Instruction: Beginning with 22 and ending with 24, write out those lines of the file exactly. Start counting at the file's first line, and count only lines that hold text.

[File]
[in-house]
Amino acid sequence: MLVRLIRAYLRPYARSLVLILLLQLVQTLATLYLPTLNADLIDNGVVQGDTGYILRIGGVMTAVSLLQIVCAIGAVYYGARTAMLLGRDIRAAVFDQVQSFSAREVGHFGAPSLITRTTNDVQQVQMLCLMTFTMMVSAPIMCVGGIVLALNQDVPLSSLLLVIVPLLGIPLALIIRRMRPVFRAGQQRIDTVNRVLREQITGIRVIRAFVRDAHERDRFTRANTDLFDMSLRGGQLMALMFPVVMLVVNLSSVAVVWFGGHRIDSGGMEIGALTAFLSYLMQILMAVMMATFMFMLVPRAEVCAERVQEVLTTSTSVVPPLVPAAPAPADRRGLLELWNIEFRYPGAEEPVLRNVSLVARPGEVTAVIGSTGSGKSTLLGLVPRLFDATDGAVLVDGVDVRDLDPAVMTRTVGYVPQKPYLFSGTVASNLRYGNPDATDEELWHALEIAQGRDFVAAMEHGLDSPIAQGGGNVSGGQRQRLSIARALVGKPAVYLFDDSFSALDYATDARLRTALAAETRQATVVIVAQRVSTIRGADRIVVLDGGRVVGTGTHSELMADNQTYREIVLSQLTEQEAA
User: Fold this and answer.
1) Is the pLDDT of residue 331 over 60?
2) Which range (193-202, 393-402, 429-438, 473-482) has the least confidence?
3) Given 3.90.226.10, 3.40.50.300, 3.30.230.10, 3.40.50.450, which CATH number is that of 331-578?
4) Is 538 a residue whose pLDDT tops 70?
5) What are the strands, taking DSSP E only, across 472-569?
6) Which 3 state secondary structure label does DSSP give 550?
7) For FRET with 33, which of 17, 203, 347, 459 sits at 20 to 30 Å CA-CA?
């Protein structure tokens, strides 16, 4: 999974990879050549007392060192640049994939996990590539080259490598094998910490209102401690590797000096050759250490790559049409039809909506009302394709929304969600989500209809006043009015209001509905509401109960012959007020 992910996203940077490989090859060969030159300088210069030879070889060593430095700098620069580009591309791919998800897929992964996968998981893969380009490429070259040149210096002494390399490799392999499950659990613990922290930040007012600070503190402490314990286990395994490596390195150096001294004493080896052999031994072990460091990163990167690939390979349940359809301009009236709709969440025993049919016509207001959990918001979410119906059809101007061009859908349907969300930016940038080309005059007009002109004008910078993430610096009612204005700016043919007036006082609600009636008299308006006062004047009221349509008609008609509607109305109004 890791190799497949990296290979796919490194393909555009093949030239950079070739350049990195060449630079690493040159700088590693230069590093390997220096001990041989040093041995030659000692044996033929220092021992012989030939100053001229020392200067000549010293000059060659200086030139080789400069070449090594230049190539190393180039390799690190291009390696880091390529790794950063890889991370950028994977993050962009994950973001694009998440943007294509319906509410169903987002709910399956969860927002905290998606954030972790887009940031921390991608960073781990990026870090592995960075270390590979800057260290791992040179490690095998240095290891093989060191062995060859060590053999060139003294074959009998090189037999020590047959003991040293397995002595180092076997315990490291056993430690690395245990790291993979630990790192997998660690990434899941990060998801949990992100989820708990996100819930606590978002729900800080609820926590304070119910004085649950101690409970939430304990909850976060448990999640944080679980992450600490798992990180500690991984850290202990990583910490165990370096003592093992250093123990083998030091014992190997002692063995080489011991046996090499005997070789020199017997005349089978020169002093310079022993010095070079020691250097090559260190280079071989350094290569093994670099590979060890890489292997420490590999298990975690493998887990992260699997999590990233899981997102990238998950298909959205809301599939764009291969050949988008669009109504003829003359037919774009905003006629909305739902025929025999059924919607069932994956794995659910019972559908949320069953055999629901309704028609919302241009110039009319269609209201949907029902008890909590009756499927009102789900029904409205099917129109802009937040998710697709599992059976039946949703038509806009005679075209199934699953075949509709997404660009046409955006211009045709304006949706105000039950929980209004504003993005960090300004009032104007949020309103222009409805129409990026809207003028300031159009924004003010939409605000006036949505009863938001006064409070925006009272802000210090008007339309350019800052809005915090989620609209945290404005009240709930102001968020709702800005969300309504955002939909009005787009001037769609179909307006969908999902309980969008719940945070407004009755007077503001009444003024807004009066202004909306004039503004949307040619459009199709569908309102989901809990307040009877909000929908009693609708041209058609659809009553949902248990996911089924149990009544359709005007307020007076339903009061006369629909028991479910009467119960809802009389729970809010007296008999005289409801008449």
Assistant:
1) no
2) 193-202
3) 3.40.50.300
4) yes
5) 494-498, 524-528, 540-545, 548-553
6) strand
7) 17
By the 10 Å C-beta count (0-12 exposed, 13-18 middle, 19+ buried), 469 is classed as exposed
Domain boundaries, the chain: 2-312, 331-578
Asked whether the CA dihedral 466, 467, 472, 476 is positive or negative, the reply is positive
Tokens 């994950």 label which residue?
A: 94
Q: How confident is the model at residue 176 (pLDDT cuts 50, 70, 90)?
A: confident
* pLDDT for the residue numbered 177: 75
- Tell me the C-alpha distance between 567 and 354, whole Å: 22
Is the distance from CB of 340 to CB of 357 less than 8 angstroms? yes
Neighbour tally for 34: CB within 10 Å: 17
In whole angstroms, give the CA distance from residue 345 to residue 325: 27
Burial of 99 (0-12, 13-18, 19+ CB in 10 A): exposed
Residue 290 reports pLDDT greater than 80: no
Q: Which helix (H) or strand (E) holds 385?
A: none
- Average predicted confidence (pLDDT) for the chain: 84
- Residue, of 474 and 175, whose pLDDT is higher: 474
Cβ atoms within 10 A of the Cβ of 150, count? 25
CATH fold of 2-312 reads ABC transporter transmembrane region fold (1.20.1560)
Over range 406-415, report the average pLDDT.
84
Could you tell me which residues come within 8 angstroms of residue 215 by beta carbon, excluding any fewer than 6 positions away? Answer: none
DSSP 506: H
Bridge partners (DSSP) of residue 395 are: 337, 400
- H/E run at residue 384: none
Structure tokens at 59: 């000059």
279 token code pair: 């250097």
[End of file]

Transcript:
Asked whether the CA dihedral 466, 467, 472, 476 is positive or negative, the reply is positive
Tokens 């994950």 label which residue?
A: 94